How We Can Improve the Conversation on Modesty
Currently, the way that modesty is predominantly taught is deeply flawed. It is taught in such a way that it places men’s moral responsibility onto women. It implies that men do not possess self control, absolving them of a key Christian virtue.
During lessons on modesty, girls are told that if they do not dress a certain way, men will fall into sin. However, if the purpose of teaching modesty is to prevent men from falling into sin, then we might as well stop teaching it and spend our time teaching men self control because they are going to be exposed to immodesty at some point. If the goal of teaching modesty is to prevent men from being exposed to temptation, our efforts are futile.
Even so, I do not believe that we should stop teaching modesty. I am able to hold this belief because I don’t think that the purpose of dressing modestly is to prevent temptation. Modesty is not about clothing, and it certainly is not about men.
In fact, the very reasoning behind the idea that modesty is about preventing men from sinning is akin to the reasoning behind many rapists’ belief that girls “ask for it.” One assumes that if a man sees a scantily clad woman, he will lust. The other assumes that if a man sees a scantily clad woman, he must act upon his desires. Both arguments are essentially the same, varying only in degree. They both hold that men cannot control themselves and that women are responsible for the men’s actions.
Modesty is about the heart, not men, and we need to start teaching it that way. My friend Matthew Hooker argues in his article Modesty: A New Perspective that modesty is about the motivation, the attitude, behind clothing choices, and I think he is right. Why you’re wearing what you’re wearing is much more important that what you’re actually wearing.
In Mere Christianity, C.S. Lewis says:
The Christian rule of chastity must not be confused with the social rule of “modesty” (in one sense of that word); i.e. propriety, or decency. The social rule of propriety lays down how much of the human body should be displayed and what subjects can be referred to, and in what words, according to the customs of a given social circle. Thus, while the rule of chastity is the same for all Christians at all times, the rule of propriety changes. A girl in the Pacific islands wearing hardly any clothes and a Victorian lady completely covered in clothes might both be equally “modest,” proper, or decent, according to the standards of their own societies: and both, for all we could tell by their dress, might be equally chaste (or equally unchaste). Some of the language which chaste women used in Shakespeare’s time would have been used in the nineteenth century only by a woman completely abandoned. When people break the rule of propriety current in their own time and place, if they do so in order to excite lust in themselves or others, then they are offending against chastity. But if they break it through ignorance or carelessness they are guilty only of bad manners. When, as often happens, they break it defiantly in order to shock or embarrass others, they are not necessarily being unchaste, but they are being uncharitable: for it is uncharitable to take pleasure in making other people uncomfortable. I do not think that a very strict or fussy standard of propriety is any proof of chastity or any help to it, and I therefore regard the great relaxation and simplifying of the rule which has taken place in my own lifetime as a good thing. At its present stage, however, it has this inconvenience, that people of different ages and different types do not all acknowledge the same standard, and we hardly know where we are. While this confusion lasts I think that old, or old-fashioned, people should be very careful not to assume that young or “emancipated” people are corrupt whenever they are (by the old standard) improper; and, in return, that young people should not call their elders prudes or puritans because they do not easily adopt the new standard. A real desire to believe all the good you can of others and to make others as comfortable as you can will solve most of the problems.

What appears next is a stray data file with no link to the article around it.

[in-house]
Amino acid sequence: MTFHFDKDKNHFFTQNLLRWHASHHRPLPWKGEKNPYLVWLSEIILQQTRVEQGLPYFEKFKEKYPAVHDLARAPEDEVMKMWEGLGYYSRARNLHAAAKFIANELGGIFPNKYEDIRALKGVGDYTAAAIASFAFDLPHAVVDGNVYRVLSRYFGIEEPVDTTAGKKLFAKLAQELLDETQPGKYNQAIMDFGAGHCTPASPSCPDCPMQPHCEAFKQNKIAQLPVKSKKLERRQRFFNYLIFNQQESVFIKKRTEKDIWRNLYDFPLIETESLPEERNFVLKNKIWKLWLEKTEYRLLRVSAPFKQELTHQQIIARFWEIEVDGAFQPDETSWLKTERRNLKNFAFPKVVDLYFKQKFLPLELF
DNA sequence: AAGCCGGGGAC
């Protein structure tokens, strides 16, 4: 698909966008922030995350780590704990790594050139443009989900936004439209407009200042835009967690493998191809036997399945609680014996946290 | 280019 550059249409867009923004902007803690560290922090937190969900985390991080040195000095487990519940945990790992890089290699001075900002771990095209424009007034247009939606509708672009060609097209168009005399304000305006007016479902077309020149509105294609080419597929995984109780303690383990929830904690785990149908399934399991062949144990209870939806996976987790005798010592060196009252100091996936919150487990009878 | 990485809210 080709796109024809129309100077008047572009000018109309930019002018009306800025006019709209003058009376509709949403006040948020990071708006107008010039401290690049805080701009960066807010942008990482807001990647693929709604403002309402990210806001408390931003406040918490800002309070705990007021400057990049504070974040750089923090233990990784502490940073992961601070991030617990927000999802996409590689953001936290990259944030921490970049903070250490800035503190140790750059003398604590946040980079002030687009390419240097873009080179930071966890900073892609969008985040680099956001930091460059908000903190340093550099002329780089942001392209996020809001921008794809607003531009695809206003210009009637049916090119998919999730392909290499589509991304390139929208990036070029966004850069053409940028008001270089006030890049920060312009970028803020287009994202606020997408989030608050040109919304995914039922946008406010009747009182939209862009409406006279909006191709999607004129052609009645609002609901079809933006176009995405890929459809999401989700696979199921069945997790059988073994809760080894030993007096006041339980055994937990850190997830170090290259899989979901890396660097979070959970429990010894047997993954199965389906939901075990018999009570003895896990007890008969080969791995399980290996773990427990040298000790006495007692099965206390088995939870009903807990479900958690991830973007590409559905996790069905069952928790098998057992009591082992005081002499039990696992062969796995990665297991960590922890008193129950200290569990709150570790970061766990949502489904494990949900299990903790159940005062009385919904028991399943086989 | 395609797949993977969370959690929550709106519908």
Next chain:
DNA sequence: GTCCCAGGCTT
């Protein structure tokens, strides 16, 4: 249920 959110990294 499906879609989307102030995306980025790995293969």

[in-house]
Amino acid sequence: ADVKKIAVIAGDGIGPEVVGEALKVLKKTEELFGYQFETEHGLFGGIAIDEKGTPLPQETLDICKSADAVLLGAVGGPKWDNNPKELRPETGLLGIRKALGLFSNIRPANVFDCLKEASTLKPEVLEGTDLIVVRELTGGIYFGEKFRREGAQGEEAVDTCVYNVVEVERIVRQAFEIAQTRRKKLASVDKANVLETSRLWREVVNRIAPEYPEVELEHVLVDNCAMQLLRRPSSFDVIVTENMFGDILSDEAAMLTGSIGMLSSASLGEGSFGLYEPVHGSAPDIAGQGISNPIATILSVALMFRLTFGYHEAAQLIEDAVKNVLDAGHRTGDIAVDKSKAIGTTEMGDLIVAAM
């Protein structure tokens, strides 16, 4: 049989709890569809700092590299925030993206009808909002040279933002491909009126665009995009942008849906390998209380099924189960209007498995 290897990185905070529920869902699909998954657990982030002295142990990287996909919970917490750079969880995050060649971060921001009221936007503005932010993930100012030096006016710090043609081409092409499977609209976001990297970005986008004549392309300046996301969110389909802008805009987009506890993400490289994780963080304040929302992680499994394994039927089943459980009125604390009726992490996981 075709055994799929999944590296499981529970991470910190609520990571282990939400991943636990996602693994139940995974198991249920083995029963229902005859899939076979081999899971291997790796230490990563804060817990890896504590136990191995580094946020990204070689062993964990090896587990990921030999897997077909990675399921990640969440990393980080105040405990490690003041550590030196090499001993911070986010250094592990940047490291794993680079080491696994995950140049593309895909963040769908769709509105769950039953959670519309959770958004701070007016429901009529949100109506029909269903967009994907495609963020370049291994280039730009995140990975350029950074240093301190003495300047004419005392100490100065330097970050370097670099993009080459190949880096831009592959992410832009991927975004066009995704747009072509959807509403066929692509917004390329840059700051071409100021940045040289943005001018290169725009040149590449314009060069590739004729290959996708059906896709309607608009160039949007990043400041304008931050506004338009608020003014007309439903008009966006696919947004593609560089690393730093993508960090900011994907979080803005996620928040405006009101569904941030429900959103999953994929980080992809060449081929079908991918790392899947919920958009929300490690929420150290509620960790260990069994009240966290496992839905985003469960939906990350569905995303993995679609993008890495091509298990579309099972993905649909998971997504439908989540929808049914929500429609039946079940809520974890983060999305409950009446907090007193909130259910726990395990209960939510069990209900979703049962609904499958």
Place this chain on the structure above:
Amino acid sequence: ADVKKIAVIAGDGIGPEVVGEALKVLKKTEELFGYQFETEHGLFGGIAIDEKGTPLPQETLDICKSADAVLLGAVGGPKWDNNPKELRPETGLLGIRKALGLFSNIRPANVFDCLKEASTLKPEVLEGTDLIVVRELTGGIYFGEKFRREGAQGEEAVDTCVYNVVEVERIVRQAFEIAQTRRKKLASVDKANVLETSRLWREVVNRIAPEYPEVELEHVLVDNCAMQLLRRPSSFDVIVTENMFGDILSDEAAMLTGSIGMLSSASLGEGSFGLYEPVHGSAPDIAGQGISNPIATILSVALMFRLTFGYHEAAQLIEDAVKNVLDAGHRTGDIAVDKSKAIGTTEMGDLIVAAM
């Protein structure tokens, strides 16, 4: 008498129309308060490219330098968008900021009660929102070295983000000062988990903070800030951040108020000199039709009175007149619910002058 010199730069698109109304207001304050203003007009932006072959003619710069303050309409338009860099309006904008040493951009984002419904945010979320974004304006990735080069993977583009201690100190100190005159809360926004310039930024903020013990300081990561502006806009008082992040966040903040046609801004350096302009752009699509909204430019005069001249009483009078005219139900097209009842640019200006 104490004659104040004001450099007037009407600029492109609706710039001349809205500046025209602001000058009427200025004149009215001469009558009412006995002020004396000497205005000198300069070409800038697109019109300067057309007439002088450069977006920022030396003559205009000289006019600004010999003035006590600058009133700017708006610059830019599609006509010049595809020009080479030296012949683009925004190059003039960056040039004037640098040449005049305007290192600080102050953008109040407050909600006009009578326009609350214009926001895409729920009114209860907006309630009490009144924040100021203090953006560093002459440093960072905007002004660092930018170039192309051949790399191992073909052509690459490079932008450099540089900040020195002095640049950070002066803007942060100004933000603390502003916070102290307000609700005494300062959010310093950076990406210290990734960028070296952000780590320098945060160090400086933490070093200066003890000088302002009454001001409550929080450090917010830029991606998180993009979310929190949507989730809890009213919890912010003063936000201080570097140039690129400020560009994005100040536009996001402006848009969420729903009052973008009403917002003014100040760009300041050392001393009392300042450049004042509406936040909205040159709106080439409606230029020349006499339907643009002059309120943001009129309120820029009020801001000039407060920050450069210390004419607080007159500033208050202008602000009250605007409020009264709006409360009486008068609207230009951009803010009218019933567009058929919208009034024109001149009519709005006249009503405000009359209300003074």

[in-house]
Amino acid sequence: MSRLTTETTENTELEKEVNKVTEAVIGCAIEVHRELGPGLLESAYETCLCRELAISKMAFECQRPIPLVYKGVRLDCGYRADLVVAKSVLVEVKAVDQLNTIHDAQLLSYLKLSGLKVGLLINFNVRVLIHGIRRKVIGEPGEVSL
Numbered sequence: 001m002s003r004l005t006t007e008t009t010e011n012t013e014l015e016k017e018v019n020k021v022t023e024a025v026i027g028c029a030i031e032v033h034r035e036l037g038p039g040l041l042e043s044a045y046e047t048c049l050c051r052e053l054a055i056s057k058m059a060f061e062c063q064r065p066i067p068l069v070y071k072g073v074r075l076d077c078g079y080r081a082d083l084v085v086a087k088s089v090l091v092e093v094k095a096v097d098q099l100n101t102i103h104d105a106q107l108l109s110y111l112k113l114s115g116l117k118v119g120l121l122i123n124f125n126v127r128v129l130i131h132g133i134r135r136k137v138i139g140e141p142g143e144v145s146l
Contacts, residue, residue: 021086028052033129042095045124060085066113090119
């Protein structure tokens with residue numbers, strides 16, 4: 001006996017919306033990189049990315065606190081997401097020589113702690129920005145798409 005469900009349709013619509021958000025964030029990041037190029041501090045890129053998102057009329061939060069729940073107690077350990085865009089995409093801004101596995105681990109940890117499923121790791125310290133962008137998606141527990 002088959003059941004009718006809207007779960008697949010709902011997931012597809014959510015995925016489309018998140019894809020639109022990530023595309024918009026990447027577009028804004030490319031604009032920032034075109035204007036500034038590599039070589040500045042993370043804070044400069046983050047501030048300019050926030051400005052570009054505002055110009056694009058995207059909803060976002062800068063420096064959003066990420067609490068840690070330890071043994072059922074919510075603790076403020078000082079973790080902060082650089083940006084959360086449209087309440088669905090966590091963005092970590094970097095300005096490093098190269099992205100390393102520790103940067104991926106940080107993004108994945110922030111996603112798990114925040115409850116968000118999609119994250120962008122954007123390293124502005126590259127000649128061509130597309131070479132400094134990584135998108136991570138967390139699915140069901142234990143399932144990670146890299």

For Christians, modesty should be about chastity. Yes, we should be concerned with propriety out of the kindness of our hearts, but when we discuss the moral dimensions of what we wear, we need to look at the heart. It is our attitude that determines the rightness or wrongness of our sartorial choices.
Instead of teaching girls that they need to dress in certain ways so that they won’t make men stumble, we should teach them to examine their own hearts and to pursue chastity. Yes, it is nice for girls to dress according to the rules of propriety. It makes it a lot easier for us guys. But us guys need to begin taking responsibility for our own thoughts, and we shouldn’t teach girls in such a way that they believe themselves to be responsible for our sins.
As pastor Ed Gungor wrote in an article for Relevant Magazine:
I think you can get away with being as fashionable as you want, as long as your heart is clear and clean and you don’t have patterns of complaints from those you love and trust. If your heart is clear and clean, you can confidently tell the occasional accuser who makes the “you-make-me-lust” accusation to go look in the mirror for the source of his or her inappropriate desires.